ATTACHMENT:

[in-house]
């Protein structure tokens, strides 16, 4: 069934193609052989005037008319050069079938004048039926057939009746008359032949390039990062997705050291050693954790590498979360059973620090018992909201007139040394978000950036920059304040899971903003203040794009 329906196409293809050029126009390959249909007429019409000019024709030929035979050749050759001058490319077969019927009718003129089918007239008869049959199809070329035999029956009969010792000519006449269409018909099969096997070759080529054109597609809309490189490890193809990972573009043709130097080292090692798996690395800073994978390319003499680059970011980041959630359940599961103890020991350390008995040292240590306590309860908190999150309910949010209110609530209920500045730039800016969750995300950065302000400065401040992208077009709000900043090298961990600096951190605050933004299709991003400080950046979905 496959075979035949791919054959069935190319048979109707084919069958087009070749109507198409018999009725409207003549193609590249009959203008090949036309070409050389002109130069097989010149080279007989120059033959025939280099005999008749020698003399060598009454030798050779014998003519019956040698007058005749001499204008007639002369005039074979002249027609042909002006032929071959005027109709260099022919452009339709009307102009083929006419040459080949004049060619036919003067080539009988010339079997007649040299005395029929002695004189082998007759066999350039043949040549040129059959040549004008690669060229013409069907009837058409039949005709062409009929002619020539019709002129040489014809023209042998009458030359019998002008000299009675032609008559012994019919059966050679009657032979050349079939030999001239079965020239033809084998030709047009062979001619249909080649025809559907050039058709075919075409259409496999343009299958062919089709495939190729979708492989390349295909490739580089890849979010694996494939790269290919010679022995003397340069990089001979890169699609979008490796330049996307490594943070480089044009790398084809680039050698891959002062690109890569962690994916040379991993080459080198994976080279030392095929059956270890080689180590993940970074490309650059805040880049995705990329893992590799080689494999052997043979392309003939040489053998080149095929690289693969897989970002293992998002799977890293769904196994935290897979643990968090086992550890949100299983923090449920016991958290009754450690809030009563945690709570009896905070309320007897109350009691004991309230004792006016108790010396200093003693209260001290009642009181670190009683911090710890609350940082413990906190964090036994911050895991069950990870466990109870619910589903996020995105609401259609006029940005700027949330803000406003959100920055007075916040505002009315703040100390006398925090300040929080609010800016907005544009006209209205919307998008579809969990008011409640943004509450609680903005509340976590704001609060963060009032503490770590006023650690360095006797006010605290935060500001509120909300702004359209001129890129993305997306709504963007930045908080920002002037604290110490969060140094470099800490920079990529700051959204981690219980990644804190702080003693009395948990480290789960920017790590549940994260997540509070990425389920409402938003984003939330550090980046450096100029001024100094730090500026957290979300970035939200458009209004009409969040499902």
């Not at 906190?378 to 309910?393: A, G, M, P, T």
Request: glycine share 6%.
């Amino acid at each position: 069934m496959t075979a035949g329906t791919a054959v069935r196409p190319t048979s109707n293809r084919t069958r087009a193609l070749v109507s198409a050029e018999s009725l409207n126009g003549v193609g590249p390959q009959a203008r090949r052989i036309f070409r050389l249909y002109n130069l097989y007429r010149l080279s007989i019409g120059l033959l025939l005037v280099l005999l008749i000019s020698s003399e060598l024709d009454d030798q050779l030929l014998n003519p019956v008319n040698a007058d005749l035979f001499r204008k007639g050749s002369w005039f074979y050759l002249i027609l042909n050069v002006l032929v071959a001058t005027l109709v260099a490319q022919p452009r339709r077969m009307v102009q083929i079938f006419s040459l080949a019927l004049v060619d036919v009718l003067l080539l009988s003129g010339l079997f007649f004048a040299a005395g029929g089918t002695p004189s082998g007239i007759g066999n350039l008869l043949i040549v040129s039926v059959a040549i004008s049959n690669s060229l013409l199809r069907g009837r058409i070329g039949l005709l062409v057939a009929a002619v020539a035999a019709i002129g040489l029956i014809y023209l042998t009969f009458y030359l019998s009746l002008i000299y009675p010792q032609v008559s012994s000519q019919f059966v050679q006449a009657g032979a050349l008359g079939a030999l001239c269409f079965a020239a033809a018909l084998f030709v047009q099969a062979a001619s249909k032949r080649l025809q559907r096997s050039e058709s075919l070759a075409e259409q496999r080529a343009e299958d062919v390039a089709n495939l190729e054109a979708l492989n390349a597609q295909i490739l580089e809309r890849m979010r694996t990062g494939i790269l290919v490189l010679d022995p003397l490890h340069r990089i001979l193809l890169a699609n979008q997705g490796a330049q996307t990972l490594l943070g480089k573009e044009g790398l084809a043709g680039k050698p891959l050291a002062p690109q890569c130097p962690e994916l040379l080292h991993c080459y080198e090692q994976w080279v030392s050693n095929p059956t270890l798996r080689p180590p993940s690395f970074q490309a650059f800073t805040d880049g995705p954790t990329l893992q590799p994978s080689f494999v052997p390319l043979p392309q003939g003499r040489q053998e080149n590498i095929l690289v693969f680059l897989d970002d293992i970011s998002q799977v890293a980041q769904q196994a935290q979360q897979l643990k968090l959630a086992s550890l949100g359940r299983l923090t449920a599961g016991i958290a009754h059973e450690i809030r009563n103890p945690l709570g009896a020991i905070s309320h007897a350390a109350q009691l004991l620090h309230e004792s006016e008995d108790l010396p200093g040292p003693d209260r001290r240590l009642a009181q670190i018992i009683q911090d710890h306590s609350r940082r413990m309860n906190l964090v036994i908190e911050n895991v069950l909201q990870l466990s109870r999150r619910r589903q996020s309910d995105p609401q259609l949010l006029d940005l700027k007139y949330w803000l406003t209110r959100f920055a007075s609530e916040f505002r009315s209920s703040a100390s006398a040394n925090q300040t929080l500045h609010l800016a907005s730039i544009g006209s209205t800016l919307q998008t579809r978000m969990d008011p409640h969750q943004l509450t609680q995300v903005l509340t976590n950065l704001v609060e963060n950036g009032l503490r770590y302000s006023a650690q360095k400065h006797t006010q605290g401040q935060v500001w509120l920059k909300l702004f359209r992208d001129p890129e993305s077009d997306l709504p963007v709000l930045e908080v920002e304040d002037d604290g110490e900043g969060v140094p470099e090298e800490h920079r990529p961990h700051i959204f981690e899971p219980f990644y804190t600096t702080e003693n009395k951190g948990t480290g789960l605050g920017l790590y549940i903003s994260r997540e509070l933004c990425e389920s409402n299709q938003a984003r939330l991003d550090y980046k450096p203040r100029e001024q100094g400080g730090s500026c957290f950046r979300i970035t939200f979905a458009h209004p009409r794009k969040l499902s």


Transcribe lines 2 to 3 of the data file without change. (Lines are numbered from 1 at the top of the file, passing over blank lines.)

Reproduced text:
């Protein structure tokens, strides 16, 4: 069934193609052989005037008319050069079938004048039926057939009746008359032949390039990062997705050291050693954790590498979360059973620090018992909201007139040394978000950036920059304040899971903003203040794009 329906196409293809050029126009390959249909007429019409000019024709030929035979050749050759001058490319077969019927009718003129089918007239008869049959199809070329035999029956009969010792000519006449269409018909099969096997070759080529054109597609809309490189490890193809990972573009043709130097080292090692798996690395800073994978390319003499680059970011980041959630359940599961103890020991350390008995040292240590306590309860908190999150309910949010209110609530209920500045730039800016969750995300950065302000400065401040992208077009709000900043090298961990600096951190605050933004299709991003400080950046979905 496959075979035949791919054959069935190319048979109707084919069958087009070749109507198409018999009725409207003549193609590249009959203008090949036309070409050389002109130069097989010149080279007989120059033959025939280099005999008749020698003399060598009454030798050779014998003519019956040698007058005749001499204008007639002369005039074979002249027609042909002006032929071959005027109709260099022919452009339709009307102009083929006419040459080949004049060619036919003067080539009988010339079997007649040299005395029929002695004189082998007759066999350039043949040549040129059959040549004008690669060229013409069907009837058409039949005709062409009929002619020539019709002129040489014809023209042998009458030359019998002008000299009675032609008559012994019919059966050679009657032979050349079939030999001239079965020239033809084998030709047009062979001619249909080649025809559907050039058709075919075409259409496999343009299958062919089709495939190729979708492989390349295909490739580089890849979010694996494939790269290919010679022995003397340069990089001979890169699609979008490796330049996307490594943070480089044009790398084809680039050698891959002062690109890569962690994916040379991993080459080198994976080279030392095929059956270890080689180590993940970074490309650059805040880049995705990329893992590799080689494999052997043979392309003939040489053998080149095929690289693969897989970002293992998002799977890293769904196994935290897979643990968090086992550890949100299983923090449920016991958290009754450690809030009563945690709570009896905070309320007897109350009691004991309230004792006016108790010396200093003693209260001290009642009181670190009683911090710890609350940082413990906190964090036994911050895991069950990870466990109870619910589903996020995105609401259609006029940005700027949330803000406003959100920055007075916040505002009315703040100390006398925090300040929080609010800016907005544009006209209205919307998008579809969990008011409640943004509450609680903005509340976590704001609060963060009032503490770590006023650690360095006797006010605290935060500001509120909300702004359209001129890129993305997306709504963007930045908080920002002037604290110490969060140094470099800490920079990529700051959204981690219980990644804190702080003693009395948990480290789960920017790590549940994260997540509070990425389920409402938003984003939330550090980046450096100029001024100094730090500026957290979300970035939200458009209004009409969040499902």
């Not at 906190?378 to 309910?393: A, G, M, P, T």